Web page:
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Basic Set Logic Subset – a subset itemset X is contained in an itemset Y. Superset – a superset itemset Y contains an itemset X. example: X = {1,2} Y = {1,2,3,5} Y X

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Apriori Arranges database into a temporary lattice structure to find associations Apriori principle – 1. itemsets in the lattice with support < minsup will only produce supersets with support < minsup. 2. the subsets of frequent itemsets are always frequent. Prunes lattice structure of non-frequent itemsets using minsup. Reduces the number of comparisons Reduces the number of candidate itemsets

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Monotonicity Monotone (upward closed) - if X is a subset of Y, then support(X) cannot exceed support(Y). Anti-Monotone (downward closed) - if X is a subset of Y, then support(Y) cannot exceed support(X). Apriori is anti-monotone. - uses this property to prune the lattice structure.

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Itemset Lattice

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Lattice Pruning

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Lattice Example 12345 24 124 14 Count occurrences of each 1-itemset in the database and compute their support: Support = #occurrences/#rows in db Prune anything less than minsup = 30%

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Lattice Example 12345 24 124 14 12345 24 124 14 12345 24 124 14 Count occurrences of each 2-itemset in the database and compute their support Prune anything less than minsup = 30%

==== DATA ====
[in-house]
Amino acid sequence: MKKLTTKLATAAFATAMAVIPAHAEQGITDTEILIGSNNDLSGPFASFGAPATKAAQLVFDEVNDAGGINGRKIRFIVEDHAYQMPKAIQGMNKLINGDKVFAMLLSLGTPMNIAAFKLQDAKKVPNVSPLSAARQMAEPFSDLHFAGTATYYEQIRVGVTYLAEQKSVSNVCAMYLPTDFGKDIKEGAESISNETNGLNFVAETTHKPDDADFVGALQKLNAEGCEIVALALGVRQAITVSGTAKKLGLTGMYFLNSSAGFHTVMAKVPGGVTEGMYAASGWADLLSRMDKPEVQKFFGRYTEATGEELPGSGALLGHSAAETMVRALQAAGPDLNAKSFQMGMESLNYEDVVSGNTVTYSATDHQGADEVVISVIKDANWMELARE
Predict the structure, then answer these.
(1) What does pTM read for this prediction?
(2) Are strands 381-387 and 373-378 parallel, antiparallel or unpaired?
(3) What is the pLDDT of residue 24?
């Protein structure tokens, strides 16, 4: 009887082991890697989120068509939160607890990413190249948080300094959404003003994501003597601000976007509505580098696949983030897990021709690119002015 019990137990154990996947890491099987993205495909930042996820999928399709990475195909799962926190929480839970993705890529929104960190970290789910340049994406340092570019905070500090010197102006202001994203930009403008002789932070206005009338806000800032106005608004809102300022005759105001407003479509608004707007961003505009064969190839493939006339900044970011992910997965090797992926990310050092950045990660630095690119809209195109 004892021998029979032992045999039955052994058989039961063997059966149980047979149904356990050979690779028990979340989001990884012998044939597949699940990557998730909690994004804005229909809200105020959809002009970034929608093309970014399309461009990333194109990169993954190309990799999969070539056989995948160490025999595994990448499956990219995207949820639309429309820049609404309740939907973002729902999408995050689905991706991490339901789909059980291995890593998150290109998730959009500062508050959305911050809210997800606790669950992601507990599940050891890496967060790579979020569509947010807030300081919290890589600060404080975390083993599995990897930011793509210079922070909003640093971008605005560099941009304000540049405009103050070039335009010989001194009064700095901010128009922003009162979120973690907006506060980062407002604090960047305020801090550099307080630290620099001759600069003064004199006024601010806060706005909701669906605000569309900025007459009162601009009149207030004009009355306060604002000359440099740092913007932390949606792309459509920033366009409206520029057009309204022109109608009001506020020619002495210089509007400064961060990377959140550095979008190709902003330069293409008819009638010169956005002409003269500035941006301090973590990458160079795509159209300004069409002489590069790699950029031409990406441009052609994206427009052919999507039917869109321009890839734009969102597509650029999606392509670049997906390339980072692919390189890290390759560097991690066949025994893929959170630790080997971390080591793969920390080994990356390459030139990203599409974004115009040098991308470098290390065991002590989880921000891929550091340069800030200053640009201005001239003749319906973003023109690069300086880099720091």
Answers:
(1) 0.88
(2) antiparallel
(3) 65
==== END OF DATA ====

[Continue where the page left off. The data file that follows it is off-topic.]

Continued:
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Lattice Example ABCDE BD ABD AD Count occurrences of the last 3-itemset in the database and compute its support. Prune anything less than minsup = 30%

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Example - Results 12345 24 124 14 Frequent itemsets: {1}, {2}, {3}, {1,2}, {1,3}, {2,3}, {1,2,3}

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Apriori Algorithm

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Frequent Itemset Generation ItemsetSupportFrequent {1}75%Yes {2}50%No {3}75%Yes {4}25%No {5}100%Yes Transactional Database 12345 235 135 15 1.Minsup = 70% 2.Generate all 1-itemsets 3.Calculate the support for each itemset 4.Determine whether or not the itemsets are frequent

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Frequent Itemset Generation ItemsetSupportFrequent {1,3}50%Yes {1,5}75%Yes {3,5}75%Yes Transactional Database 12345 235 135 15 Generate all 2-itemsets, minsup = 70% {1} U {3} = {1,3}, {1} U {5} = {1,5} {3} U {5} = {3,5}

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Frequent Itemset Generation ItemsetSupportFrequent {1,3,5}50%Yes Transactional Database 12345 235 135 15 Generate all 3-itemsets, minsup = 70% {1,3} U {1,5} = {1,3,5}

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Frequent Itemset Results All frequent itemsets generated are output: {1}, {3}, {5} {1,3}, {1,5}, {3,5} {1,3,5}

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Apriori Rule Mining